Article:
anonymousheroes_2The film’s comedy won’t make you laugh out loud, instead it reminded me in some ways of Steven Soderbergh’s remake of Ocean’s Eleven, where a light comedic tone is draped over the underlying feeling of tension surrounding a major criminal undertaking. It’s possible that some of the broader comedy was simply lost in translation, but as Chinese comedy tends to be very, very exaggerated, I imagine I would have been able to spot these moments. In fact, the film is much more somber and tense than I expected it to be, but even that is something of a misnomer as almost the entire film carries with it the light, carefree attitude of the protagonists. There are exceptions to this rule, but for the most part it’s a rollicking action picture.

It would be wrong to call The Anonymous Heroes a martial arts film, but it does features lots of good martial arts bits. In this film, they are merely one color on Chang Cheh’s palette, so fight fans should definitely be aware of that going in. That being said, the fights are all pretty damn fun. The first fight is probably my favorite: a playful battle where David Chiang spryly avoids Ti Lung’s fierce angry blows, thus smashing up their house in the process. I love that Chang Cheh followed up the tense relationship the two actors had in The Duel with something so light and fun. They are loving, competitive brothers, and this comedic fight is very well-done.

anonymousheroes_3The finale is also quite notable for its use of guns. As the film centers around a cache of rifles, it only makes sense that rifles play some role in the final battle, but I doubt anyone could have predicted rifles being used quite like this. They are used as guns (albeit ones shot from the hip… whatever, it’s close range), melee weapons to both block and strike ala the traditional wuxia swords, and as piercing weapons via the sharp bayonets affixed to the barrels. Just on a choreography level, the finale is incredibly well-realized as the actors move deftly between using the guns in any variety of ways smoothly and flawlessly. It creates an unexpected, thrilling climax to an already pretty exciting film.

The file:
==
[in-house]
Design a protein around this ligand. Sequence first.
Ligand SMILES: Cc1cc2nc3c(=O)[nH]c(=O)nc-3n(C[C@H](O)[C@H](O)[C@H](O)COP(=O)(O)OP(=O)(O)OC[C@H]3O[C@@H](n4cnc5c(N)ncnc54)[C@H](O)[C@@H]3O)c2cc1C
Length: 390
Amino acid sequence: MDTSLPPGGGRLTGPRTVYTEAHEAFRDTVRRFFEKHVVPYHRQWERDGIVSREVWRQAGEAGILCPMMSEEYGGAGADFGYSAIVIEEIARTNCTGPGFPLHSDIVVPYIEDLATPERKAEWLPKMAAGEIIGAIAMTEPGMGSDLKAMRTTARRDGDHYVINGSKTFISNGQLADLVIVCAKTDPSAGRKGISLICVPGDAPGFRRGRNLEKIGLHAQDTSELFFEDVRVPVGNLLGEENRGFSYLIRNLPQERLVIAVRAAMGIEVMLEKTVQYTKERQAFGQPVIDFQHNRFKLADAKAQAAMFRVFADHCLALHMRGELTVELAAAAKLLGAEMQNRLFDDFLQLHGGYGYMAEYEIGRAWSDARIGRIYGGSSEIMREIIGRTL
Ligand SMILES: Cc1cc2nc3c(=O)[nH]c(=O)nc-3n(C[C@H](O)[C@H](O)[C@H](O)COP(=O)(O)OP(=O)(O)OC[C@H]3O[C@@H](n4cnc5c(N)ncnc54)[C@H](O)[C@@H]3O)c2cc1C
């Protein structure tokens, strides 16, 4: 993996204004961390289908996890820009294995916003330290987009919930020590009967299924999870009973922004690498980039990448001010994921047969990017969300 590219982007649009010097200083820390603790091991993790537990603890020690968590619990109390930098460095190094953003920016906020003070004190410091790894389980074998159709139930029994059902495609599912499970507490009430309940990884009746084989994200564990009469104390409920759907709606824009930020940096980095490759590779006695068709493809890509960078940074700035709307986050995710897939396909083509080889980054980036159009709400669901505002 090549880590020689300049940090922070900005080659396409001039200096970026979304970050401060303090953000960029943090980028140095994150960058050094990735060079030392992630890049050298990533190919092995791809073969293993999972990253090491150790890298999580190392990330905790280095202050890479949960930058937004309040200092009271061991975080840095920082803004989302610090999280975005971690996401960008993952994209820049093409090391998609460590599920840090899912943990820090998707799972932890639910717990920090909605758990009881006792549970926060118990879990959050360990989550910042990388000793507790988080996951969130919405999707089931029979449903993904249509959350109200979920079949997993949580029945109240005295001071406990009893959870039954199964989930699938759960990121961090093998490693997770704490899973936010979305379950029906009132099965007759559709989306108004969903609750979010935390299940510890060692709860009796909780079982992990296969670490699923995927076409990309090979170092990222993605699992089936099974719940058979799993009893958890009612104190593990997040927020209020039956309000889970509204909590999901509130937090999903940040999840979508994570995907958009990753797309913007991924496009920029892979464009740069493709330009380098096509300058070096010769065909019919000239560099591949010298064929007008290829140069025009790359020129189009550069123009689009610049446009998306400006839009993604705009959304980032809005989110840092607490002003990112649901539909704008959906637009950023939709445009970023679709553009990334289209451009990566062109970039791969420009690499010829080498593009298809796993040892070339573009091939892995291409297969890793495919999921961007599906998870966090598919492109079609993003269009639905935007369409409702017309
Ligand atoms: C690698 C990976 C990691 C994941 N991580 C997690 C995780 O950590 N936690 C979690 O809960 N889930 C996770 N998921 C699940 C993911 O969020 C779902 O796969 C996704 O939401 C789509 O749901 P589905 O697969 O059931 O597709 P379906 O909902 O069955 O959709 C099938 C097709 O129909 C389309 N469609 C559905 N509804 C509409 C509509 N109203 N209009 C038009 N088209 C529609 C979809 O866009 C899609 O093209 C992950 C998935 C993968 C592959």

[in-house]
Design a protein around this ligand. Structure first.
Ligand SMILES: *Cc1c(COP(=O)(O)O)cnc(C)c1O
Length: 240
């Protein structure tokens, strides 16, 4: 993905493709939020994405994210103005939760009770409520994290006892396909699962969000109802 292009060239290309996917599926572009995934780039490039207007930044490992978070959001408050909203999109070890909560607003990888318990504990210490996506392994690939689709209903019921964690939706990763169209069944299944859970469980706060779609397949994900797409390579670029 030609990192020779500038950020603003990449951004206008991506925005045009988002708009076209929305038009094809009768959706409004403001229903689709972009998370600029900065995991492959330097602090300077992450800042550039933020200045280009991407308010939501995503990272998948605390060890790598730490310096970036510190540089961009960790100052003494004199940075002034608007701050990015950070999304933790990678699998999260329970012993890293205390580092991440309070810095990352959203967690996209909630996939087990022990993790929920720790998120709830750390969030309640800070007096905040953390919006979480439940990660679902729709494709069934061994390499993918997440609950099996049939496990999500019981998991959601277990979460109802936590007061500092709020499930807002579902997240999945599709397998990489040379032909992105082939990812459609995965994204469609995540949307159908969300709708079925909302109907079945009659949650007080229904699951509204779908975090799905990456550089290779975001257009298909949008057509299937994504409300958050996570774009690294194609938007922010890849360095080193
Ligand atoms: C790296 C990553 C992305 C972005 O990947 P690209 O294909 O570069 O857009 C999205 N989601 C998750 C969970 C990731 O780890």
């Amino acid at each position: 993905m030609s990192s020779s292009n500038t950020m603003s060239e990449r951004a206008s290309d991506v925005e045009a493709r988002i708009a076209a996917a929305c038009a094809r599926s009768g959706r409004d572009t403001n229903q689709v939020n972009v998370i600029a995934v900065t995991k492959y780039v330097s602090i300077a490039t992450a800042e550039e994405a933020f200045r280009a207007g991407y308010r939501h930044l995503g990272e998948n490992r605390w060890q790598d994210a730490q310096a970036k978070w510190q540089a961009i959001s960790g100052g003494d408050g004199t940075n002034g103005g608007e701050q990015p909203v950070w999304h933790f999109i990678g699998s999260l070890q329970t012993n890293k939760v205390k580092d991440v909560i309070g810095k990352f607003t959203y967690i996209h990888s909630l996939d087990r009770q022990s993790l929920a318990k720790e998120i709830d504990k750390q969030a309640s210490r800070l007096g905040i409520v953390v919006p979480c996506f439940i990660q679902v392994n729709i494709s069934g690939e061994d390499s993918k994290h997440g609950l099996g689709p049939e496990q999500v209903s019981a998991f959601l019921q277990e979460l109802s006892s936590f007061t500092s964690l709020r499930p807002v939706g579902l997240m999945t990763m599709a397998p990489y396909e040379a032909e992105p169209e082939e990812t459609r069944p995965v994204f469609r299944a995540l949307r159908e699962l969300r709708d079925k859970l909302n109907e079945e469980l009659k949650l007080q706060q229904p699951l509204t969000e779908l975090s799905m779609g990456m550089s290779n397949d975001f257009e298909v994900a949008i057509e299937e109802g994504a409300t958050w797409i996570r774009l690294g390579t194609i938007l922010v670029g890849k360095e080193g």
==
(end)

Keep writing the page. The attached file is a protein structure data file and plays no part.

Where The Anonymous Heroes stumbles a bit is in its length. It’s not that long (only 104 minutes), but for a film with a story as basic as this, it feels longer than it should. Towards the middle it drags a bit here and there, but I can’t complain too much in a film that jumps right from the “Hey guys, do you wanna do this heist?” scene to the actual heist scene. They don’t beat around any bushes for most of the movie, so I guess that’s why some of the later fat bothered me more than it might have otherwise. But whatever, for fans of the Shaw studio and Chang Cheh this is a definite must see. It’s not a truly great film, but it’s a lot of fun and I absolutely loved it. It’s a unique film, and it proves yet again that Chang Cheh was the studio’s premiere director, always pushing himself in new directions, even while exploring similar themes.

Next up in this chronological jaunt through the Shaw Brothers Martial Arts catalog is Lo Wei’s The Shadow Whip with Cheng Pei-Pei! This was Cheng Pei-Pei’s final martial arts film for the Shaw Brothers, so I’m both excited and sad. Anyway, come back next week for that one!